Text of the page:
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Genesys Exec: Cloud Migration Journey, AI Go Hand-in-Hand

We sat down with an executive from Genesys who told us all about the partner benefits of cloud migration and AI's role.

Moshe Beauford

January 22, 2024

3 Min Read
Cloud migration, AI go hand in hand
Roland IJdema/Shutterstock

There is a lot of money to be made in a cloud migration journey, according to researchers at Grand View Research, who found that the global cloud migration services market in 2022 reached $11.7 billion. That figure, they added, will have a compound annual growth rate (CAGR) of 26% from 2023-2030.

Factors like COVID-19 influenced the number of firms migrating previously on-premises solutions to the cloud, or at least to a hybrid solution. That number skyrocketed during the pandemic, with a survey produced by Flexera finding some 27% of leaders said they had a significant increase in cloud spending because of COVID-19.

Some reports suggest as many as 70% of companies have shifted their critical services like communications to the cloud, while others, like Gartner, anticipate that number reaching some 85% of enterprises adopting a cloud-first approach by next year.

2 Peas in a Pod: Channel Partners and Cloud Migration

Partners are playing a pivotal role in ensuring the cloud migration journey goes smoothly, Brett Weigl, senior vice president of digital, artificial intelligence (AI) and journey analytics at contact-center-as-a-service provider Genesys told Channel Futures.

The other half of the equation comes from AI enhancing contact center agent efficiency, extending more self-service options, and optimizing workforce investments, Weigl shared. And partners can make money from AI, noted Weigl, who believes that will come from adjacent and ongoing management services.

The tool can help organizations migrate to the cloud to forecast, schedule and optimize resources, Weigl added. 

Whether you're a reseller or a systems integrator, Weigl says many partners in the contact center space historically have a hefty amount of telecommunications experience.

Genesys' Brett Weigl

"They are not AI experts, but they want to bring a differentiated offering to market," said Weigl. "It's no longer butts in seat anymore. The concern is, 'how can you help me automate?'" Weigl conveyed.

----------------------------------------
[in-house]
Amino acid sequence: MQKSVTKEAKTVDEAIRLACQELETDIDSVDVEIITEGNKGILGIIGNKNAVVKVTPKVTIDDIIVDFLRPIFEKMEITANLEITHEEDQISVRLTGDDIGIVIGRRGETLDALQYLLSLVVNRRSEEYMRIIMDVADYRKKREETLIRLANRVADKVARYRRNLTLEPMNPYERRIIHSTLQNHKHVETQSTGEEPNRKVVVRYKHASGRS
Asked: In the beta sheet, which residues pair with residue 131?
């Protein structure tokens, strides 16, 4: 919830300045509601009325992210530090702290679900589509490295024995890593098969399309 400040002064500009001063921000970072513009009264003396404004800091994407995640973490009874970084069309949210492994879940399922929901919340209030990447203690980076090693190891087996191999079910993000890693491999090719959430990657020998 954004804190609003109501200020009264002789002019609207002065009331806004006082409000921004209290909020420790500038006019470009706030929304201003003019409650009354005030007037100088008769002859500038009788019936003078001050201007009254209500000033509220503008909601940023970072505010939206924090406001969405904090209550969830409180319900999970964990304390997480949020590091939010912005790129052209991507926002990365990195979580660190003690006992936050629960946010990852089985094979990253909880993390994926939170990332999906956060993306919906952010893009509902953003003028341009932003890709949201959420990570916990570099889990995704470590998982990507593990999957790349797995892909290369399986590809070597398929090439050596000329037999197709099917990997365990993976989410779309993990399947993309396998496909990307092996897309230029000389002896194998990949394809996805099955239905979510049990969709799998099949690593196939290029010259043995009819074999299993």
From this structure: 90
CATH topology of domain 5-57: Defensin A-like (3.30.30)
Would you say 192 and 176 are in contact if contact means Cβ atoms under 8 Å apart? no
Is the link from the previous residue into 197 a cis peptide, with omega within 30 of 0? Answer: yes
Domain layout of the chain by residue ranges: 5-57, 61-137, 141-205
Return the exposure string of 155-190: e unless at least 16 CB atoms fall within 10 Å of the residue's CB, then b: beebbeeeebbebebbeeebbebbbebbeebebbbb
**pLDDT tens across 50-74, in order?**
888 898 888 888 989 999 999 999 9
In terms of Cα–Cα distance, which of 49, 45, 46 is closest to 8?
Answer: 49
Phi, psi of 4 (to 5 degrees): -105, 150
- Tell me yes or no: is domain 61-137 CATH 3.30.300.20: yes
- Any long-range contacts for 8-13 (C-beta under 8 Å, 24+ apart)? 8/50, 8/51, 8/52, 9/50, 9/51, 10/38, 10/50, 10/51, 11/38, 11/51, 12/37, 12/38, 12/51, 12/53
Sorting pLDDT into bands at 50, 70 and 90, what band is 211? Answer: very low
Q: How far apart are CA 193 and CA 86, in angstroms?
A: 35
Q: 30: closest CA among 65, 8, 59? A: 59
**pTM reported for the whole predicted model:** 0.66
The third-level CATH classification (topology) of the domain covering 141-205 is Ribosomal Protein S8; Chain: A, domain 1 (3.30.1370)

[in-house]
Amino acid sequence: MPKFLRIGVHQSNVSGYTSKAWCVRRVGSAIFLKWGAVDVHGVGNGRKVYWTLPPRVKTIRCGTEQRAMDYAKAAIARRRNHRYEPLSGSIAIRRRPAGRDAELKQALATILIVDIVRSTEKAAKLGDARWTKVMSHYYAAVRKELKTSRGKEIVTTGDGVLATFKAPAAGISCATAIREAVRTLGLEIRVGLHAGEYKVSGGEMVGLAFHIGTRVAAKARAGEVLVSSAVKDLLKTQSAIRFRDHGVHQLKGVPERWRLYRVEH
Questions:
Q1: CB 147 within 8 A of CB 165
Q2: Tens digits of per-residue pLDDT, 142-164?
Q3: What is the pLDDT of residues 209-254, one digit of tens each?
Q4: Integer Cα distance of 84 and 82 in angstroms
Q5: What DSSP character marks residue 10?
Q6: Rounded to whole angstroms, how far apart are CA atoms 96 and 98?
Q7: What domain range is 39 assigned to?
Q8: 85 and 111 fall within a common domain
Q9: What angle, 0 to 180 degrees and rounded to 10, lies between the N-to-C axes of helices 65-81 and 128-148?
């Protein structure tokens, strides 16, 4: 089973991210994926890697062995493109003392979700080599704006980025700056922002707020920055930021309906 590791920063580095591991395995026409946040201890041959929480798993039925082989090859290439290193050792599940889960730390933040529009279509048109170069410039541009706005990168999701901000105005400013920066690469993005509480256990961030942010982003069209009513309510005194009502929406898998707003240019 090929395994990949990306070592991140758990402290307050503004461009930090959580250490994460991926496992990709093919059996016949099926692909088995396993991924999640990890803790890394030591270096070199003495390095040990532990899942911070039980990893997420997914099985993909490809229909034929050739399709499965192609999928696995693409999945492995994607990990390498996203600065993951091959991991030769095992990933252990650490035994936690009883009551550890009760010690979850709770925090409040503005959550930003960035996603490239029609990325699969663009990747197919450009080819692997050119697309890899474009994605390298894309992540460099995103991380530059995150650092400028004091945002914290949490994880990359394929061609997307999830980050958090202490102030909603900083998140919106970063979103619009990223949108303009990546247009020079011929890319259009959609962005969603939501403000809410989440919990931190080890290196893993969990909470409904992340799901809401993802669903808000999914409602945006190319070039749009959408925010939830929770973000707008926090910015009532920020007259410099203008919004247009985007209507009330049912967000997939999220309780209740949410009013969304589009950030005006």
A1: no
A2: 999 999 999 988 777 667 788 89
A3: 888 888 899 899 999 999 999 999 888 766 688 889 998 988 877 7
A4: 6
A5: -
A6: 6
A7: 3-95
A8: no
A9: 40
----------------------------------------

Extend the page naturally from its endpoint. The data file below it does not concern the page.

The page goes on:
He noted that moving to cloud-based infrastructure can also lessen IT infrastructure and support costs by up to 70%. 

This is something Weigl says his company helped Stanley Steemer pull off. It helped it migrate from dated technology to the cloud in one year, achieving the above results in the process.

AI Massive for Genysys, Experiencing Some 200% Growth

With more than 200% growth of Genesys' native AI features, Weigl told Channel Futures it appears customers are modernizing their tech stacks at a record pace.

"It's difficult to do AI on-prem," he said.

And while over-the-top services are available, they are not as user-friendly in many circumstances; hence, the push to get outdated firms to the cloud. 

These over-the-top services could benefit some channel partners — those who have yet to change how they do things, meaning they have a customer base who, for one reason or another, must operate on-prem, like those in cybersecurity, tech, life sciences and design/engineering spaces.

They often require on-prem technology and can also benefit from a hybrid situation with AI. Some can't justify migrating fully to the cloud because of legacy investments or legislation that dictates otherwise. 

In the end, however, the trend is toward cloud, argues Weigl. There is the potential for colossal revenue for channel partners in CCaaS with customer experience playing a prominent function too, as AI is likely what will help contact centers achieve higher customer satisfaction scores.

Genesys is further betting on its software winning the day for partners and the fact that it can differentiate even more via the recent acquisition of Radarr Technologies, a company it hopes will help take it to the next level of customer experience.

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About the Author(s)

Moshe Beauford

Contributing Editor, Channel Futures

Moshe has nearly a decade of expertise reporting on enterprise technology. Within that world, he covers breaking news, artificial intelligence, contact center, unified communications, collaboration, cloud adoption (digital transformation), user/customer experience, hardware/software, etc.

As a contributing editor at Channel Futures, Moshe covers unified communications/collaboration from a channel angle. He formerly served as senior editor at GetVoIP News and as a tech reporter at UC/CX Today.

Moshe also has contributed to Unleash, Workspace-Connect, Paste Magazine, Claims Magazine, Property Casualty 360, the Independent, Gizmodo UK, and ‘CBD Intel.’ In addition to reporting, he spends time DJing electronic music and playing the violin. He resides in Mexico.

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